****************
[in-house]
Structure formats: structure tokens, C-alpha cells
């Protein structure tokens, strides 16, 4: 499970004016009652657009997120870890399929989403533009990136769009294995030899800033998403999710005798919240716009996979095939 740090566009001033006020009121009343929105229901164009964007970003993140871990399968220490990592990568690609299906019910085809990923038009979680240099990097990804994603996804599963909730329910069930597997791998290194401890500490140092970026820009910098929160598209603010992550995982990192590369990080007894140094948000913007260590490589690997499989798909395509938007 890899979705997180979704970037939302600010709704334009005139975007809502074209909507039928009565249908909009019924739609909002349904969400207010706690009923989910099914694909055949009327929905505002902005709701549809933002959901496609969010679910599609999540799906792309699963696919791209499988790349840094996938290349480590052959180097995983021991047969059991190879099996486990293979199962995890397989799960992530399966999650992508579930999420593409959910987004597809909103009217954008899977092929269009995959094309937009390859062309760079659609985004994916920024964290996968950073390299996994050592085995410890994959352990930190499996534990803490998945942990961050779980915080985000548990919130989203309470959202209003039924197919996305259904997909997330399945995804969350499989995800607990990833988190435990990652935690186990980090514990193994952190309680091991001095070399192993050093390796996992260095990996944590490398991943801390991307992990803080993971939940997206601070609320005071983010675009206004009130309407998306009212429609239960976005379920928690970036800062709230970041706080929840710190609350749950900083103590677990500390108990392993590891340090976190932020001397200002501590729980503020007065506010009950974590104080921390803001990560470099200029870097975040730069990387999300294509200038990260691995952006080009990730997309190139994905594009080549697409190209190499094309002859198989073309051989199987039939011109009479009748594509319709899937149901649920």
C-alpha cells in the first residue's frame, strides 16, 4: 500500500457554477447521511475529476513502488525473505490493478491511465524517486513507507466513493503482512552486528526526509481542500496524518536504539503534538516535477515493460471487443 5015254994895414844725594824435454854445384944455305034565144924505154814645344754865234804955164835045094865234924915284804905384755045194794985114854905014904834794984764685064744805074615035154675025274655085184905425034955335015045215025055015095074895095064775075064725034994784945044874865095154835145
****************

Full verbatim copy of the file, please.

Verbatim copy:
[in-house]
Structure formats: structure tokens, C-alpha cells
């Protein structure tokens, strides 16, 4: 499970004016009652657009997120870890399929989403533009990136769009294995030899800033998403999710005798919240716009996979095939 740090566009001033006020009121009343929105229901164009964007970003993140871990399968220490990592990568690609299906019910085809990923038009979680240099990097990804994603996804599963909730329910069930597997791998290194401890500490140092970026820009910098929160598209603010992550995982990192590369990080007894140094948000913007260590490589690997499989798909395509938007 890899979705997180979704970037939302600010709704334009005139975007809502074209909507039928009565249908909009019924739609909002349904969400207010706690009923989910099914694909055949009327929905505002902005709701549809933002959901496609969010679910599609999540799906792309699963696919791209499988790349840094996938290349480590052959180097995983021991047969059991190879099996486990293979199962995890397989799960992530399966999650992508579930999420593409959910987004597809909103009217954008899977092929269009995959094309937009390859062309760079659609985004994916920024964290996968950073390299996994050592085995410890994959352990930190499996534990803490998945942990961050779980915080985000548990919130989203309470959202209003039924197919996305259904997909997330399945995804969350499989995800607990990833988190435990990652935690186990980090514990193994952190309680091991001095070399192993050093390796996992260095990996944590490398991943801390991307992990803080993971939940997206601070609320005071983010675009206004009130309407998306009212429609239960976005379920928690970036800062709230970041706080929840710190609350749950900083103590677990500390108990392993590891340090976190932020001397200002501590729980503020007065506010009950974590104080921390803001990560470099200029870097975040730069990387999300294509200038990260691995952006080009990730997309190139994905594009080549697409190209190499094309002859198989073309051989199987039939011109009479009748594509319709899937149901649920």
C-alpha cells in the first residue's frame, strides 16, 4: 500500500457554477447521511475529476513502488525473505490493478491511465524517486513507507466513493503482512552486528526526509481542500496524518536504539503534538516535477515493460471487443 5015254994895414844725594824435454854445384944455305034565144924505154814645344754865234804955164835045094865234924915284804905384755045194794985114854905014904834794984764685064744805074615035154675025274655085184905425034955335015045215025055015095074895095064775075064725034994784945044874865095154835145